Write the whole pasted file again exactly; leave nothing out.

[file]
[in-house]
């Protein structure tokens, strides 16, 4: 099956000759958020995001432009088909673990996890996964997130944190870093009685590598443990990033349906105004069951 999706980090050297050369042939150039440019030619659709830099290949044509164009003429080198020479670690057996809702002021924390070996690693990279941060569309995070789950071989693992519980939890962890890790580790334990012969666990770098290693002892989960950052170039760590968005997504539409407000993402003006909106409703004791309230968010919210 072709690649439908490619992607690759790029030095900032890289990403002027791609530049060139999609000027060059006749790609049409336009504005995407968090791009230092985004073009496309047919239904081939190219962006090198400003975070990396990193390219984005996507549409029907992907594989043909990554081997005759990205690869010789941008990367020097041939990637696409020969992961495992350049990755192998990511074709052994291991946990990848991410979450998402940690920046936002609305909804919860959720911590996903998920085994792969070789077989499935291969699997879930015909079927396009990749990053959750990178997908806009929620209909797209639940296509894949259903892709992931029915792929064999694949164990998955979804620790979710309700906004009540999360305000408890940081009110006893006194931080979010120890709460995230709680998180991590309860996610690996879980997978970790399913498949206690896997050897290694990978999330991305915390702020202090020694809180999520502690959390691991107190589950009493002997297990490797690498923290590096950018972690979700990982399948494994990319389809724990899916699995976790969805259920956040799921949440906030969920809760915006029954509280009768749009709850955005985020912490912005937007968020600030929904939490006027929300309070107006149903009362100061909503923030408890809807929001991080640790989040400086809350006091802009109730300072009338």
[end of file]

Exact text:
[in-house]
């Protein structure tokens, strides 16, 4: 099956000759958020995001432009088909673990996890996964997130944190870093009685590598443990990033349906105004069951 999706980090050297050369042939150039440019030619659709830099290949044509164009003429080198020479670690057996809702002021924390070996690693990279941060569309995070789950071989693992519980939890962890890790580790334990012969666990770098290693002892989960950052170039760590968005997504539409407000993402003006909106409703004791309230968010919210 072709690649439908490619992607690759790029030095900032890289990403002027791609530049060139999609000027060059006749790609049409336009504005995407968090791009230092985004073009496309047919239904081939190219962006090198400003975070990396990193390219984005996507549409029907992907594989043909990554081997005759990205690869010789941008990367020097041939990637696409020969992961495992350049990755192998990511074709052994291991946990990848991410979450998402940690920046936002609305909804919860959720911590996903998920085994792969070789077989499935291969699997879930015909079927396009990749990053959750990178997908806009929620209909797209639940296509894949259903892709992931029915792929064999694949164990998955979804620790979710309700906004009540999360305000408890940081009110006893006194931080979010120890709460995230709680998180991590309860996610690996879980997978970790399913498949206690896997050897290694990978999330991305915390702020202090020694809180999520502690959390691991107190589950009493002997297990490797690498923290590096950018972690979700990982399948494994990319389809724990899916699995976790969805259920956040799921949440906030969920809760915006029954509280009768749009709850955005985020912490912005937007968020600030929904939490006027929300309070107006149903009362100061909503923030408890809807929001991080640790989040400086809350006091802009109730300072009338």